Dodgers face challenge of massive payroll required to re-sign premier free agents
Andrew Friedman said that “in a vacuum,” the Dodgers would want all five of their premier free agents — pitchers Max Scherzer and Clayton Kershaw, shortstop Corey Seager, utility man Chris Taylor and closer Kenley Jansen — to return in 2022.
In reality, that’s not going to happen, unless the club is willing to push its payroll beyond the $300-million mark, which seems like a stretch even for the deep-pocketed Guggenheim Partners ownership group.
“I didn’t say that realistically,” Friedman, the team’s president of baseball operations, said at baseball’s general managers meetings Wednesday. “I said in a vacuum, we’d like to have each one. Now, we just have to figure out the specific fits within our roster, within our payroll and the timing of different moves.”
When a reporter prefaced a question about the 2022 payroll by saying, “You have a lot of money coming off the books,” Friedman interjected, “We have a lot of money on the books.”
The Dodgers did shed $107.5 million from their major league-high $262-million payroll when Scherzer, Kershaw, Seager, Taylor and Jansen became free agents the day after the World Series.
But they still have about $207 million in payroll counting against the luxury-tax threshold for 2022, with $144 million of it going to six players — Trevor Bauer, David Price, Mookie Betts, Trea Turner, Justin Turner and AJ Pollock.
The Dodgers could get some payroll relief if Bauer, who missed the final three months of the season while under investigation for an alleged sexual assault, receives a hefty suspension without pay from Major League Baseball. Bauer’s 2022 salary is $34 million so that is what they could be relieved of with a full-year suspension.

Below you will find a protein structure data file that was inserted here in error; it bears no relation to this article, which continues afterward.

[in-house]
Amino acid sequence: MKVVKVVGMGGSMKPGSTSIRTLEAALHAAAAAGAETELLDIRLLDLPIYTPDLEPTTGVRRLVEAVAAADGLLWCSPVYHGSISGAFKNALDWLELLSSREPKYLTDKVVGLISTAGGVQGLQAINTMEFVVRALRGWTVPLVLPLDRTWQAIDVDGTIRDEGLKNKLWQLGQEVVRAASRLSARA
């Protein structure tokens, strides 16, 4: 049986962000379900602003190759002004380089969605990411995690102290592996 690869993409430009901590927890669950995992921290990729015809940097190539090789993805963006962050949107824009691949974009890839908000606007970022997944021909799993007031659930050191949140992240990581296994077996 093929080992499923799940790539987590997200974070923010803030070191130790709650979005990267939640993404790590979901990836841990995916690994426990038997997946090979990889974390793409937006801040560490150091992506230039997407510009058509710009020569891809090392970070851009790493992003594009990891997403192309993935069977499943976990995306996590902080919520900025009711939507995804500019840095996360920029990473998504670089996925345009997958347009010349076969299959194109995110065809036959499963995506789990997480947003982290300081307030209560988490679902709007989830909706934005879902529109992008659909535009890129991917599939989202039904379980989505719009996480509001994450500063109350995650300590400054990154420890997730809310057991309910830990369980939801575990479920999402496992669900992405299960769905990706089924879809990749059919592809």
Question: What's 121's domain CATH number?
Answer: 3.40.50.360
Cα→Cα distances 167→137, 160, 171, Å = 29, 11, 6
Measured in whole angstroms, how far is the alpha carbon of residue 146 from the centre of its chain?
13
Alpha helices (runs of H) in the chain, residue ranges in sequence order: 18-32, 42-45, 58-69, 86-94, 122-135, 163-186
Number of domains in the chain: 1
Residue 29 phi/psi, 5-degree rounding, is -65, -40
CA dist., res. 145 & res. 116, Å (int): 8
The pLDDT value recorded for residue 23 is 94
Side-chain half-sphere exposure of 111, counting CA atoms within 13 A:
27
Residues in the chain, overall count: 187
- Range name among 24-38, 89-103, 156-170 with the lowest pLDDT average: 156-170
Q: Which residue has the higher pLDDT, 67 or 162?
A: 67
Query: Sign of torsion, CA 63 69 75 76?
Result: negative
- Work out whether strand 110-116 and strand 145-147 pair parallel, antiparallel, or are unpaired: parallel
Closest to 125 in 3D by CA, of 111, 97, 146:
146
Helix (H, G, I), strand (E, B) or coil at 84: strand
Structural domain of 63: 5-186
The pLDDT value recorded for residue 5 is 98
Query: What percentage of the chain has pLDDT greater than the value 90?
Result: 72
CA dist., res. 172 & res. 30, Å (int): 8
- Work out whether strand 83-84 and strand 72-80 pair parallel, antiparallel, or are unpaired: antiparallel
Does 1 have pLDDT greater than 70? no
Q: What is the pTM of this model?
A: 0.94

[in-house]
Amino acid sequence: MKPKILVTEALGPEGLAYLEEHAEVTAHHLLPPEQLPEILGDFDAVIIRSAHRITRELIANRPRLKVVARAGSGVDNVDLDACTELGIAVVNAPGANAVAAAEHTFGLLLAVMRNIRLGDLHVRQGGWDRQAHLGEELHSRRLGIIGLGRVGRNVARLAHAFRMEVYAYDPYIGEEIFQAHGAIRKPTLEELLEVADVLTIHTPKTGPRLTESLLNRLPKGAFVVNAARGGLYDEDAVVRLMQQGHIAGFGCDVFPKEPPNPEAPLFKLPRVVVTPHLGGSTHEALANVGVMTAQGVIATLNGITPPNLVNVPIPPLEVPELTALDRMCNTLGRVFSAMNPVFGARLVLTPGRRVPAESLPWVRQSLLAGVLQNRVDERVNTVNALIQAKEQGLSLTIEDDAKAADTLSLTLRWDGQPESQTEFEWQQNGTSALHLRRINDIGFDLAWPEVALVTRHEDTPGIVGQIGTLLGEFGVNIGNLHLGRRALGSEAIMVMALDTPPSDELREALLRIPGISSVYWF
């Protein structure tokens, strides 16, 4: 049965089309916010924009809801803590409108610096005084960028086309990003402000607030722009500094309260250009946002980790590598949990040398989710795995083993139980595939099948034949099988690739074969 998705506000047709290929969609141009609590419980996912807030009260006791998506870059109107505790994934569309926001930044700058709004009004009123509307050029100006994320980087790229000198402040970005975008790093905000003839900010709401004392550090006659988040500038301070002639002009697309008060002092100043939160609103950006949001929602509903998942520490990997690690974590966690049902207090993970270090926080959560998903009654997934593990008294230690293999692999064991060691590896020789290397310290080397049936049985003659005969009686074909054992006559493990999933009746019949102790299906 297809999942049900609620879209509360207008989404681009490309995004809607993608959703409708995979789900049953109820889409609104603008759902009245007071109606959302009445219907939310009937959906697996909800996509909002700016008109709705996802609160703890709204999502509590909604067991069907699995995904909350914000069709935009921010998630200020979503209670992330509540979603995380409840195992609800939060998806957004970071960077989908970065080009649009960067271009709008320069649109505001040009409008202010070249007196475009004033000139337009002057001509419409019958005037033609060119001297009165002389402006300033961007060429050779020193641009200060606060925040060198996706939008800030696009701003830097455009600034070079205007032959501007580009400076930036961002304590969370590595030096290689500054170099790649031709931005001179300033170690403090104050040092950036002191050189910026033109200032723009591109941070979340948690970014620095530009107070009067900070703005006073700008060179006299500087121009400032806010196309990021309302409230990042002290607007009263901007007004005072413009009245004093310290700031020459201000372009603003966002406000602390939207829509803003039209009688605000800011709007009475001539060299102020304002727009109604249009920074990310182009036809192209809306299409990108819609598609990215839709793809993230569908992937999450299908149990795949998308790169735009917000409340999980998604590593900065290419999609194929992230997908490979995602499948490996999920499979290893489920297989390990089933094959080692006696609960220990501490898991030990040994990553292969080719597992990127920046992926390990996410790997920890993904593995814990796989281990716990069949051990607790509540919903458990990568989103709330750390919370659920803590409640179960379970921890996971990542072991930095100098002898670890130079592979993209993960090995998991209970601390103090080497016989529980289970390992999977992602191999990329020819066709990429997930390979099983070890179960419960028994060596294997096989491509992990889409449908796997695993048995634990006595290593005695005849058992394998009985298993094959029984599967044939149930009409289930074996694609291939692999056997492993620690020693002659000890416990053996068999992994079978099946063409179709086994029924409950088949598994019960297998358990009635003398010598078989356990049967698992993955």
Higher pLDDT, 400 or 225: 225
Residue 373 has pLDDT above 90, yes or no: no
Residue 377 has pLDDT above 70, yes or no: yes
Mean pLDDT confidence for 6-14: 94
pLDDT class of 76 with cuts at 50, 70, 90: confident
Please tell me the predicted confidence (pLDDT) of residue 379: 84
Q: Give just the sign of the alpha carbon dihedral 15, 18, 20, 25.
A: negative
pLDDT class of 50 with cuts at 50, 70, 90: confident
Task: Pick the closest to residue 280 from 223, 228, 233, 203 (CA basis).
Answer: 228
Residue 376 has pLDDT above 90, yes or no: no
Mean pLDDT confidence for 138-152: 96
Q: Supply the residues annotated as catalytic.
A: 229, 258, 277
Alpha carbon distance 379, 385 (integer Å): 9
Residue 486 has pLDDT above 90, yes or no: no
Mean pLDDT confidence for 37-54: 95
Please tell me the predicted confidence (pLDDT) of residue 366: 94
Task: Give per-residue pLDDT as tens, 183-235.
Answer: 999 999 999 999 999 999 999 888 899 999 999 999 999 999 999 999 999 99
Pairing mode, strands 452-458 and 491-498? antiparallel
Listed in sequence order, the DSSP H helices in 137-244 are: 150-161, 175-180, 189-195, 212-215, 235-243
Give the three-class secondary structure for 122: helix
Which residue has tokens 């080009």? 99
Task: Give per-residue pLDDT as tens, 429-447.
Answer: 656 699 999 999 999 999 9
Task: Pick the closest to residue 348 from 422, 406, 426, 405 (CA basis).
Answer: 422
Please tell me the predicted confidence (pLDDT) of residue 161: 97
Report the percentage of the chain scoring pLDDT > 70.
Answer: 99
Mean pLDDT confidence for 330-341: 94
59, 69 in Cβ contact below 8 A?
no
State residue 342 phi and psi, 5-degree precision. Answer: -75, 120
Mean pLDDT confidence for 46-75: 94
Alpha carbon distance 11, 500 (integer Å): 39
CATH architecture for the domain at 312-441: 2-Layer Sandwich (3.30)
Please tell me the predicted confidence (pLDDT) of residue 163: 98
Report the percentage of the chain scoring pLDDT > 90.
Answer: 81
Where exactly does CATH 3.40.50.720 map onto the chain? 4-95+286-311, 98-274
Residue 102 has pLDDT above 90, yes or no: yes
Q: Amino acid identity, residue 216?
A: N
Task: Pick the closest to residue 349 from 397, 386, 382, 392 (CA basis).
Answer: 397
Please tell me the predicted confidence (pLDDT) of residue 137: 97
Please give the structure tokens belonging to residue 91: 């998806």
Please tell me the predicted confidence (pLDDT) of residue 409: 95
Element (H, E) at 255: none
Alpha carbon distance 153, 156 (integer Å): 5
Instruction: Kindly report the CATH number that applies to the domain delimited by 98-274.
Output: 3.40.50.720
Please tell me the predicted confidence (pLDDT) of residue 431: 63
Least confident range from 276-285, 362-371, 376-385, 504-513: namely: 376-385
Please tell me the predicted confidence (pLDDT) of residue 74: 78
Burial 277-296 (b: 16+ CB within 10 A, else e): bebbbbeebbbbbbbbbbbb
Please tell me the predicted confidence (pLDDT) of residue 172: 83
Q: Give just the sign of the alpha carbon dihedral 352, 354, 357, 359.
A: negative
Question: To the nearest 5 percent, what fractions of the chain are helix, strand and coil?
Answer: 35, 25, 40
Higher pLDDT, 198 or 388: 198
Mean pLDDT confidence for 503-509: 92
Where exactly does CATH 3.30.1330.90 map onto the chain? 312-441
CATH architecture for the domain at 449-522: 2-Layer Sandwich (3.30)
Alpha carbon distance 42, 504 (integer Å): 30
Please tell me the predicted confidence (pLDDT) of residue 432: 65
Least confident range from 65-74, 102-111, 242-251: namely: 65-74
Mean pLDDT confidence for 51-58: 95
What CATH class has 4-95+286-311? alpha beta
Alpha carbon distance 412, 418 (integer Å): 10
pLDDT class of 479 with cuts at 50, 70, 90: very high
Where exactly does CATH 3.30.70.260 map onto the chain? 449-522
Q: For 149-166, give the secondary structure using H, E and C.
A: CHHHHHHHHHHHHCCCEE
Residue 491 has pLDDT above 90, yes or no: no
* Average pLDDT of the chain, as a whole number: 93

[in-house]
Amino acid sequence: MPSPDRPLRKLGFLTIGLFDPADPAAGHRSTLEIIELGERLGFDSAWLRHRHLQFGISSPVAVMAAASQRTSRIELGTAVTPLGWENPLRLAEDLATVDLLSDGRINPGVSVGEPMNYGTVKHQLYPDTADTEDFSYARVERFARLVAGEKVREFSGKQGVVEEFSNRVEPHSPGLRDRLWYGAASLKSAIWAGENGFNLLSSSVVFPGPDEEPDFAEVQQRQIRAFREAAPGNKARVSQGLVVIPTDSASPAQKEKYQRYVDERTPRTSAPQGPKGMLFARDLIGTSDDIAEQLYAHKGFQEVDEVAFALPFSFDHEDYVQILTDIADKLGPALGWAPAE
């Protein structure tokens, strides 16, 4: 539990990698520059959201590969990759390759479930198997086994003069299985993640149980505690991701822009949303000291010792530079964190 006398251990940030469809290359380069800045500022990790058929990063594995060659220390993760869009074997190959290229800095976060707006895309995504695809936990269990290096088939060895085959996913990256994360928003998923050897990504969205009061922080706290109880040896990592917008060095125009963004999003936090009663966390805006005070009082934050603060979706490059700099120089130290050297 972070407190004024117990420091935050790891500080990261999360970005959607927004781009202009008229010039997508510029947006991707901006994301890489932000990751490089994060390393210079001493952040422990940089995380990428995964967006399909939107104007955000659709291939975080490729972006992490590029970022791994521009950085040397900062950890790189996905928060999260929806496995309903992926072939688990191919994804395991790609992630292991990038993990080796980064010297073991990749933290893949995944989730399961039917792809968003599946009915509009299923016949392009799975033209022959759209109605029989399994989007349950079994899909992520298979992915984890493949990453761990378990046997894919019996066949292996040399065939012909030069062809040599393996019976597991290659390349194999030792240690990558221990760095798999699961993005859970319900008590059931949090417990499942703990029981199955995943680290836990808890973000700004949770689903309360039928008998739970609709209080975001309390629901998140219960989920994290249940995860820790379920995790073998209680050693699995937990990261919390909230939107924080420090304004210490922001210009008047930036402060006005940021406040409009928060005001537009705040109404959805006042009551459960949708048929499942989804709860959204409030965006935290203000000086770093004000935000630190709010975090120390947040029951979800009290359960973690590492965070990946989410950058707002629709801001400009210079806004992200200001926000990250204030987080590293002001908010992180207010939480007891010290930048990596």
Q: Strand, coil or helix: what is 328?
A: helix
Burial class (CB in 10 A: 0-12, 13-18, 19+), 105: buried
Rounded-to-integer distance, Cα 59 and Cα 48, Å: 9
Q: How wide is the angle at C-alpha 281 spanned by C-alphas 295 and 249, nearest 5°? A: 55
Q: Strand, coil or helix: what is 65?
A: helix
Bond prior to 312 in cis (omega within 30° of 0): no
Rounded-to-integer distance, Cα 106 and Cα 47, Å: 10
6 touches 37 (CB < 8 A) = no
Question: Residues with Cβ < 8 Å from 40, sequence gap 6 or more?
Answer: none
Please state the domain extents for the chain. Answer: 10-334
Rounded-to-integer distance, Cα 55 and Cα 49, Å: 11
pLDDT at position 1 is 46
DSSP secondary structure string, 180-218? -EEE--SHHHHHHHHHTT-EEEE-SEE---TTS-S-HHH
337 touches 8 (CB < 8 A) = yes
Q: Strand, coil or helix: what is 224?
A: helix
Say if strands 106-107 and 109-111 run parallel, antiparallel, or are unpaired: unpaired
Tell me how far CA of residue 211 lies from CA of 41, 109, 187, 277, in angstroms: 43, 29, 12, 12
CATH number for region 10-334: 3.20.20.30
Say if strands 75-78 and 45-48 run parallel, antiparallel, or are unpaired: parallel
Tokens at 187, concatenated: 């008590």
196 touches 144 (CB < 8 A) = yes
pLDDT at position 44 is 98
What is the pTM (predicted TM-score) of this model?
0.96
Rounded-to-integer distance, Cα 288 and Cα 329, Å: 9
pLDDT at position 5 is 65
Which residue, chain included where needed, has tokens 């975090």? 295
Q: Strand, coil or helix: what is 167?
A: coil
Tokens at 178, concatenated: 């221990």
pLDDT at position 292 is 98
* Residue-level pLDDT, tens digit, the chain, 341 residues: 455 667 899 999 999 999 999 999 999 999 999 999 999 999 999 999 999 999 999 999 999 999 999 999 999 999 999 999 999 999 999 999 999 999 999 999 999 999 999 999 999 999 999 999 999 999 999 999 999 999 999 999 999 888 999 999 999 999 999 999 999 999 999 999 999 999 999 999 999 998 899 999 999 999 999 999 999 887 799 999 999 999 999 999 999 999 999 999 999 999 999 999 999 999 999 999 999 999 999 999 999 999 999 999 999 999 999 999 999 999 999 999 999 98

The Dodgers’ hat is bigger than baseball. The interlocking L-A is iconic, and to see it on someone’s head is to feel an instant kinship.
But Scherzer, Seager, Taylor, Jansen and Kershaw should command well over $100 million in combined salaries for 2022, so there is virtually no chance all of them will return to the Dodgers and little chance most of them do.
Friedman said he has not been given a firm budget for 2022. Payrolls remain fluid, he said, fluctuating as marquee free agents and trade-deadline targets become available. But would he be comfortable with a $300-million payroll?
“That’s a better question for ownership,” Friedman said. “Our group has demonstrated at every single turn its strong desire to win, and this year will be no different. What that means in terms of an actual payroll number, I’m not sure, but I feel confident we’ll have the requisite talent to be a real championship competitor.”
The Dodgers are banking on the ability of their pitching coaches, athletic training staff and game-planning experts to improve the performance of left-hander Andrew Heaney, whose one-year, $8.5-million contract with the Dodgers was officially announced Wednesday.
Heaney, 30, went a combined 8-9 with a 5.83 ERA in 30 games for the Angels and New York Yankees in 2021, striking out 150, walking 41 and giving up a career-high 29 homers in 129 2/3 innings.